Q&A

Pharma needs to understand the ‘agile’ and ‘nimble’ start-up mindset, says editor

By Flora Southey contact

- Last updated on GMT

Getty/PhonlamaiPhoto
Getty/PhonlamaiPhoto
Pharmaceutical companies could learn from the start-up methodology when adopting next-gen technologies, says founding editor-in-chief of WIRED Magazine UK.

Artificial intelligence (AI), machine learning, and big data technologies are attracting increased attention​ from firms looking to embrace digitisation and advance manufacturing techniques.

However, according to founding editor-in-chief of WIRED UK magazine David Rowan, established pharmaceutical companies could implement aspects of the fast-paced, start-up methodology to “move more quickly” ​within this innovation-driven space.  

We spoke with David Rowan (DR) in the lead up to his opening keynote address at ‘FutureLink’ next week in Munich, Germany, to discuss technology trends and the challenges facing industry adoption.

Q. How can the pharmaceutical and healthcare industry benefit from adopting next-generation tools?

DR: ​There is a lot of talent and smart money going into AI in various forms. The way we do healthcare now is going to become a lot more data-led. The phrase I hear increasingly is “biology is becoming code.”​ Once you can treat the body as a system where there is an awful lot of inputs and outputs – everything from the genome to the microbiome to the personalized impact of various pharmaceuticals and dietary supplements – you can personalize treatments in a very exciting way. Such technologies can help industry measure, in a far more scaled way, how treatments are impacting large numbers of people.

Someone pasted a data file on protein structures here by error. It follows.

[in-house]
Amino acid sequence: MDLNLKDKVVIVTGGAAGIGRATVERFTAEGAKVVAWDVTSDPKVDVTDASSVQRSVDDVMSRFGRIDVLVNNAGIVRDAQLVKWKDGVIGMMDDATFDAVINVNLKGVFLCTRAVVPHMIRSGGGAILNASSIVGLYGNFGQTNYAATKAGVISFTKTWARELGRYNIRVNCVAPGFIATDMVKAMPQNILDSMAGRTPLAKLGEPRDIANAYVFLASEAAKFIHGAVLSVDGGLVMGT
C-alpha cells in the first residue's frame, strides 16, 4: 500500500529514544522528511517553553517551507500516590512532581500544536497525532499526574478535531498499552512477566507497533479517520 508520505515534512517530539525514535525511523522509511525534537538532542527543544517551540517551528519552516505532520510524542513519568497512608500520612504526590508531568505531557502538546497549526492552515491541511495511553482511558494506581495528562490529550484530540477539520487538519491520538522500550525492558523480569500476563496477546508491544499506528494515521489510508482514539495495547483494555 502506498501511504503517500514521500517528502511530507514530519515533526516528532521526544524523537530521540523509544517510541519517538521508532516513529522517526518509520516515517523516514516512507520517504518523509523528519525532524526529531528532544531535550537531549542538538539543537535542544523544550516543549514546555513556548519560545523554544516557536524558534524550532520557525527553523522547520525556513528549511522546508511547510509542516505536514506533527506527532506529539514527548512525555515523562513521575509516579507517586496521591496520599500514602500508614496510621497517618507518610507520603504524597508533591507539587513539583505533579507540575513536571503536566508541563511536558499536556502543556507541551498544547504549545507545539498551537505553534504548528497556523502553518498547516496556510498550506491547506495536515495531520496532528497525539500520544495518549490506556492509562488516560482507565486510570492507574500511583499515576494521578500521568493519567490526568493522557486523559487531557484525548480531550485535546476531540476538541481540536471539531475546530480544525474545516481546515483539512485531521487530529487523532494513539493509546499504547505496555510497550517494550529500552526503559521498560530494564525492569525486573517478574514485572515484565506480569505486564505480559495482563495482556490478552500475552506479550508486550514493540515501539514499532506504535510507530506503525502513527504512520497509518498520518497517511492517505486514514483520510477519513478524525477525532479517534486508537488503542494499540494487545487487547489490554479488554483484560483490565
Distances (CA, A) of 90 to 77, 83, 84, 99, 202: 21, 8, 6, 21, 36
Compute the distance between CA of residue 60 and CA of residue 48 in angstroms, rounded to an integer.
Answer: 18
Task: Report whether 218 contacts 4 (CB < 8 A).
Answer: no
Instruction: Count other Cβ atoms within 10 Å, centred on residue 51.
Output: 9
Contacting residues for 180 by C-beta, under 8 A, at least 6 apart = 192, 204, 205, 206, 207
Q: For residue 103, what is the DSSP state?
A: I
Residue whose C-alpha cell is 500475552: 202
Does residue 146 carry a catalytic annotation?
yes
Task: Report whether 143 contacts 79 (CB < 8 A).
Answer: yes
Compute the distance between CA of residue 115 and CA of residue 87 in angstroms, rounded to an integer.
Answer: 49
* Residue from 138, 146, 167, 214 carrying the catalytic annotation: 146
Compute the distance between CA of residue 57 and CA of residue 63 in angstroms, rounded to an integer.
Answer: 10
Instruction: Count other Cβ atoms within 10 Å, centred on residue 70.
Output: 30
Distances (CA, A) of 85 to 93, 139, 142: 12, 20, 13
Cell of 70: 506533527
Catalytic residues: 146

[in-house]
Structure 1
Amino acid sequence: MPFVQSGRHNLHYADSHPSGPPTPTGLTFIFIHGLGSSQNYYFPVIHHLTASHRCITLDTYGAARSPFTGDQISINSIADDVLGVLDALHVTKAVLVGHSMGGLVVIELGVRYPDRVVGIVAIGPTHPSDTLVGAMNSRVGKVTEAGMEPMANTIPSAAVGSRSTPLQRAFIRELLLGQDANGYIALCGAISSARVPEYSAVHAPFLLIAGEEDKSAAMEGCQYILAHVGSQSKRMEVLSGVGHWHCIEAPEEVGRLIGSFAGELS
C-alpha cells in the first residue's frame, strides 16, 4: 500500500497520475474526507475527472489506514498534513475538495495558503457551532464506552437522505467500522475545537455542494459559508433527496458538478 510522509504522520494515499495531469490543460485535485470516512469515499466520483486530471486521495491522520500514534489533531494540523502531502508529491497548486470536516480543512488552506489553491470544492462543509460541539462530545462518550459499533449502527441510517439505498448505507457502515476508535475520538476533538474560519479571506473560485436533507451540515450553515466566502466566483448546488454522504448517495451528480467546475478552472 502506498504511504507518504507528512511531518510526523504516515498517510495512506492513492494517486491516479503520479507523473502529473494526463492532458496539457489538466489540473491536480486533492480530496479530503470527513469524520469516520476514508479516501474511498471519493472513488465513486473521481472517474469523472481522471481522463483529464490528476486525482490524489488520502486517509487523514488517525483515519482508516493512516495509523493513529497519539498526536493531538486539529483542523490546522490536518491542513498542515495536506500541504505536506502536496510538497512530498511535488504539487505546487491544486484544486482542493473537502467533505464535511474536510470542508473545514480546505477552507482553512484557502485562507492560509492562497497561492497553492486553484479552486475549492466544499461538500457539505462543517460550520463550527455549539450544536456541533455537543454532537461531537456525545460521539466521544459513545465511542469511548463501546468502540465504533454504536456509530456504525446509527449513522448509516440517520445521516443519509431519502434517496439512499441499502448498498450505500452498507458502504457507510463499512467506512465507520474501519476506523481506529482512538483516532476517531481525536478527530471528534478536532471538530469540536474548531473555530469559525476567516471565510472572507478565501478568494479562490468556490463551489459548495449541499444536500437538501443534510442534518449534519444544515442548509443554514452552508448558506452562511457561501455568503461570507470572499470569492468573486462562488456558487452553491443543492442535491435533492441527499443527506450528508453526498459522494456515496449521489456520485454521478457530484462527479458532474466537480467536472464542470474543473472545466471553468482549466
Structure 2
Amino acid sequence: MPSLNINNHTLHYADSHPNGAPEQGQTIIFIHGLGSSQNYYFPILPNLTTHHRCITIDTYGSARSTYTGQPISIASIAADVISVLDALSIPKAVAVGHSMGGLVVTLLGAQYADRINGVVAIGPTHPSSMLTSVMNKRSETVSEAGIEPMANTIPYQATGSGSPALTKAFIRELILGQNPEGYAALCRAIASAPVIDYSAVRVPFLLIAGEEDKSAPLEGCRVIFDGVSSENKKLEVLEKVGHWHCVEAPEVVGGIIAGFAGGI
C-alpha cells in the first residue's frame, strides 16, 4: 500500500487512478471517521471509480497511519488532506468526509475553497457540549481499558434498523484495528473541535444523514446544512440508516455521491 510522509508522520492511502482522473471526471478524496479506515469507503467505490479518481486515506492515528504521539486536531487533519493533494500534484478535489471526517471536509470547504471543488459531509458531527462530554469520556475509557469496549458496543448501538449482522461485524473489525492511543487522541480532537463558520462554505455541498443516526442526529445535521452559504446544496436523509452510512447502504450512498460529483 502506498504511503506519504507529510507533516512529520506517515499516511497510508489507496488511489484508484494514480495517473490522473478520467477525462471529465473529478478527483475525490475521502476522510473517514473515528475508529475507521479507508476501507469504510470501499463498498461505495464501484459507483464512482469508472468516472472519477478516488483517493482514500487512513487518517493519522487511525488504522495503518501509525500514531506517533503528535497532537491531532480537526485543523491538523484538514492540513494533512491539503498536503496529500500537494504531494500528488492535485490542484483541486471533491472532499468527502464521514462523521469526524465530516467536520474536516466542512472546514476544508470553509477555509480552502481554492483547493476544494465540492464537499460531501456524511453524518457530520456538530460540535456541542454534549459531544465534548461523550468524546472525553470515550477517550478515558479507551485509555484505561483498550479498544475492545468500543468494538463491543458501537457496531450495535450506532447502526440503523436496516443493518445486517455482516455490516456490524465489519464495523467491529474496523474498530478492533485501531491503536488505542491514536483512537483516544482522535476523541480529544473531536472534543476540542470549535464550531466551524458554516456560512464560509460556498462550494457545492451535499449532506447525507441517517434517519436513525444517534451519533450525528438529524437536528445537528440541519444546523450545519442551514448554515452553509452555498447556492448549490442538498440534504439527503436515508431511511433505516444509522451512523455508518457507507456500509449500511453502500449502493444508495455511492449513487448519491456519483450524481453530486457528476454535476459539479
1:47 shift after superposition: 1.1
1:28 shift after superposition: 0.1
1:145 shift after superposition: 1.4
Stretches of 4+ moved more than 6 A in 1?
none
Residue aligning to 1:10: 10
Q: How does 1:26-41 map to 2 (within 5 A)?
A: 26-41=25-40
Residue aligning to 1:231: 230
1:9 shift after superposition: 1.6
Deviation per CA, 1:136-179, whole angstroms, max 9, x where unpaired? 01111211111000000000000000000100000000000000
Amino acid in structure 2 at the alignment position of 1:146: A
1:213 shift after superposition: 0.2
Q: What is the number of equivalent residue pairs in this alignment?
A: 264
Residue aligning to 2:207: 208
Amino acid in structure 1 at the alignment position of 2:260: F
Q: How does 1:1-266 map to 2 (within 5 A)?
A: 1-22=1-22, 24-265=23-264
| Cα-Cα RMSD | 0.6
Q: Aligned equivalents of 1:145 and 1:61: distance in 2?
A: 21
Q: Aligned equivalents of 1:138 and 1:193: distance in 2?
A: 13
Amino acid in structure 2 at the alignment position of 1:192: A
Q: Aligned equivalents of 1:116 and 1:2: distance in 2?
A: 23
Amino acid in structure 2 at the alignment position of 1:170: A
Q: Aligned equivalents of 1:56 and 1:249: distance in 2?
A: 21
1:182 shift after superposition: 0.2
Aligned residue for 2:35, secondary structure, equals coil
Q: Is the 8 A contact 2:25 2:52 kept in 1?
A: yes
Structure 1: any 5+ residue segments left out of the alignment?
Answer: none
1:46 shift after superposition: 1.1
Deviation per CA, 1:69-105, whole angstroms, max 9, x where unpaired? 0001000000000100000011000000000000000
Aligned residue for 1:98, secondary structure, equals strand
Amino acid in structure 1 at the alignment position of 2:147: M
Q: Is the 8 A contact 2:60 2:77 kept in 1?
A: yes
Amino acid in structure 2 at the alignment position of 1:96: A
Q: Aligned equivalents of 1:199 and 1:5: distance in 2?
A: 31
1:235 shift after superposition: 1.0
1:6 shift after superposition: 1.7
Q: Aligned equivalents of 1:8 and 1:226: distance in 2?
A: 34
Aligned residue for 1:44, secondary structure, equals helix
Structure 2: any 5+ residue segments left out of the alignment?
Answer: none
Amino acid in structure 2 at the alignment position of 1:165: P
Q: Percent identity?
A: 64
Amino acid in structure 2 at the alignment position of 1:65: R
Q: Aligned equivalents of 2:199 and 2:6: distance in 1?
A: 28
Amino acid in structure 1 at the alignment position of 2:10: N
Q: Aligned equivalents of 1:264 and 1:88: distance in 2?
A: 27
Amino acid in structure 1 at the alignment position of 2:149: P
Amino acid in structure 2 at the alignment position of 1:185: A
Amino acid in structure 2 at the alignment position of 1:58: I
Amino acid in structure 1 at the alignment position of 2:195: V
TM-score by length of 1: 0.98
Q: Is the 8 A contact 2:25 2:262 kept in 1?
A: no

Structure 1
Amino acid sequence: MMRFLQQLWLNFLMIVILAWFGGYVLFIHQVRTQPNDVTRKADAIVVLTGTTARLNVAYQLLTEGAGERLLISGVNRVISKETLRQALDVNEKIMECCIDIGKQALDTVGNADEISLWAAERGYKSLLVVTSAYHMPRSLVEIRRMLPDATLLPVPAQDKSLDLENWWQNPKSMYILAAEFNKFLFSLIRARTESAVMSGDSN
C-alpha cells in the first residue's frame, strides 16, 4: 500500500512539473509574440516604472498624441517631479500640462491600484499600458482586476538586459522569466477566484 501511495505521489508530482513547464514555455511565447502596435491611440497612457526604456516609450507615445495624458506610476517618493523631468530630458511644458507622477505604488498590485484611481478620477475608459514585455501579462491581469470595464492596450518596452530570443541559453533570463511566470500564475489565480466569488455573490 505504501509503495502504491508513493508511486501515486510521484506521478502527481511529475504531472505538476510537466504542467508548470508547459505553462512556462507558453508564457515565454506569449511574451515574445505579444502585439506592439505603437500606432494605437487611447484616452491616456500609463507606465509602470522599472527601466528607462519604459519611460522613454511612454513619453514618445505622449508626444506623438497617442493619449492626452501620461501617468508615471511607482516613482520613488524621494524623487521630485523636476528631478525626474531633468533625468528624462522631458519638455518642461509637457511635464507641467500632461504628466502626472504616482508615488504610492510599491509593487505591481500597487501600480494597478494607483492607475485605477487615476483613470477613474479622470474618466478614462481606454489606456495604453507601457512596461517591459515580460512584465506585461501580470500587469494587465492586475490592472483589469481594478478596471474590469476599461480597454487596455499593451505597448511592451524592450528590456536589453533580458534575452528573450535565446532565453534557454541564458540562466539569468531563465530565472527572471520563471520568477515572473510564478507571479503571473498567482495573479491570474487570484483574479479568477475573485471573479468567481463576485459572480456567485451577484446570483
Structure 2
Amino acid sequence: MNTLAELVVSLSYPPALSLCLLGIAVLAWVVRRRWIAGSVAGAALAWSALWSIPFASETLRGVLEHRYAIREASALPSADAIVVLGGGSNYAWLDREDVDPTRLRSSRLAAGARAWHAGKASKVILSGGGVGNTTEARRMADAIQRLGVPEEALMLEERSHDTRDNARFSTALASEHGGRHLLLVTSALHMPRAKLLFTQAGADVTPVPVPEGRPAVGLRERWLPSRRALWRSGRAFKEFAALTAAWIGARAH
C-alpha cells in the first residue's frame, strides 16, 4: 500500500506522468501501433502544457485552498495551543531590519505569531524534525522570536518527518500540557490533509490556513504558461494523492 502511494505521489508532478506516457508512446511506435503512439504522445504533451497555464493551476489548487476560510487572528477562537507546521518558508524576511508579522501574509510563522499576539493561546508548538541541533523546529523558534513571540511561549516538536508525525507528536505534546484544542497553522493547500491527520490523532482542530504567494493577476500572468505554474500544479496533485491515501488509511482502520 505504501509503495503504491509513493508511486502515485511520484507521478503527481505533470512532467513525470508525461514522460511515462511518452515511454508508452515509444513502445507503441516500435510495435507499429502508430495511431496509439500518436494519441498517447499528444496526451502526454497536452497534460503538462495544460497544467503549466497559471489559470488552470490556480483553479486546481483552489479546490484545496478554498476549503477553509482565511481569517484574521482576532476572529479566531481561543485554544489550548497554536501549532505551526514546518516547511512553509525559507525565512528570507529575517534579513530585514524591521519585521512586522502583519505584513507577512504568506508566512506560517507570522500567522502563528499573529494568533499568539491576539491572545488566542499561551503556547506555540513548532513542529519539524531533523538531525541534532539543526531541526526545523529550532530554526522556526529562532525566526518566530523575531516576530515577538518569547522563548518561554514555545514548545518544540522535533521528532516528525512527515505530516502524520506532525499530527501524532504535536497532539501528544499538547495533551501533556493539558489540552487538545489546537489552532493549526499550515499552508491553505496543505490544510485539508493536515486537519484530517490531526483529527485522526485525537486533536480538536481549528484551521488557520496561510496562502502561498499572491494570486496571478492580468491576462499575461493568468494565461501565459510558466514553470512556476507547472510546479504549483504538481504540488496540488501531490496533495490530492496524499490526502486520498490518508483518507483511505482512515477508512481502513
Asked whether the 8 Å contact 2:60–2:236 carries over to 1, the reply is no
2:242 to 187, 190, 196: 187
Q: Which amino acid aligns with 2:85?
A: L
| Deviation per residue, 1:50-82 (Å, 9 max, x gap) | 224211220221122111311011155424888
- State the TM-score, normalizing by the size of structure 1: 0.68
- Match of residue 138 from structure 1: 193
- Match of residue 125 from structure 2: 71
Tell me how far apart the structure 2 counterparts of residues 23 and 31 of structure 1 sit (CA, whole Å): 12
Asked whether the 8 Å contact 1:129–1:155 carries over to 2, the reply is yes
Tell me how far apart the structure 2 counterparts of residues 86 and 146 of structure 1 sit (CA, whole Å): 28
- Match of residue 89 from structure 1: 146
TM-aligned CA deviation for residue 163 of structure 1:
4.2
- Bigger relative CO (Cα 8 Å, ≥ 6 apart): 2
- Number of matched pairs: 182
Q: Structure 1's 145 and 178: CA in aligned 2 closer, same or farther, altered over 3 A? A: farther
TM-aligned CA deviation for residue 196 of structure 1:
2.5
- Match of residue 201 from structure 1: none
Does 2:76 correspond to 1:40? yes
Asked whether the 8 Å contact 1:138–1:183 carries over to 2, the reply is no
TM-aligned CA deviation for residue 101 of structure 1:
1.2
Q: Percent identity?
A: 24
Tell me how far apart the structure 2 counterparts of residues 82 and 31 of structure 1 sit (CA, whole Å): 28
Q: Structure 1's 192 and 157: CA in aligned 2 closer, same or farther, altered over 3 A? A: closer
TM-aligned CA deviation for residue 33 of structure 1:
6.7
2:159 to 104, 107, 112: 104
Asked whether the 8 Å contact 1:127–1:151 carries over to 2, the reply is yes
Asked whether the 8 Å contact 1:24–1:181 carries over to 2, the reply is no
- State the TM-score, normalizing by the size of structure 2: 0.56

If you are developing medicines, researching genomics, or battling some of the most intractable healthcare challenges, AI will become your friend – it is a way of amplifying your impact.

The biggest breakthroughs will come from humans and AI working in combination. For instance, in diagnostics or radiology, the machine will augment the knowledge of the human, but that human’s experience and recognition will become paramount in what to do next.

Q. What challenges do these industries face when adopting new-age technologies?

DR: ​One of the challenges facing any regulated industry is a perception that they are protected from the speed of innovation in other parts of the market. The financial services industry has been facing the same set of assumptions. The problem is that innovation is coming from start-ups that play by the same rules, as we have seen with the bio-hacking movement.

What this means is that established pharmaceutical companies need to understand the start-up mindset and implement aspects of start-up methodology to move more quickly. They need to test and iterate and use relatively constrained ways of doing business that replicate limited funding and timescales to experiment with new ways to create new product pipelines.

I’m not saying that pharma companies should be abandoning the risk-avoiding culture or taking research shortcuts. I’m saying that it could be very healthy working with more start-ups to understand how agile and nimble they can be when testing the hypotheses in product development and being prepared to try new approaches and then if they fail, work out what lessons they can learn from those failures.

Q. What can Pharma learn from other industries’ use of AI, machine learning and big data?

DR: ​Imagine a world where it is low-cost and relatively simple to track everything from nutritional input, blood indicator levels, protein in the blood admitted by certain cancers. Imagine, in addition, that there are convenient ways for the consumer to monitor such data points.

What we infer from this ideal is that there are so many elements currently invisible to the medical practitioner and consumer. The more of these data points we can measure in an automated way, the earlier we’ll pick up on warning signals and the more effective and personalized treatments will become. All of this will lead to healthier, more independent lives.

David Rowan is the founder and editor-at-large of WIRED Magazine UK, an innovation-focused magazine covering global transformational trends. He specialises in future trends impacting technology, culture and business.

Related topics: Processing, Processing equipment

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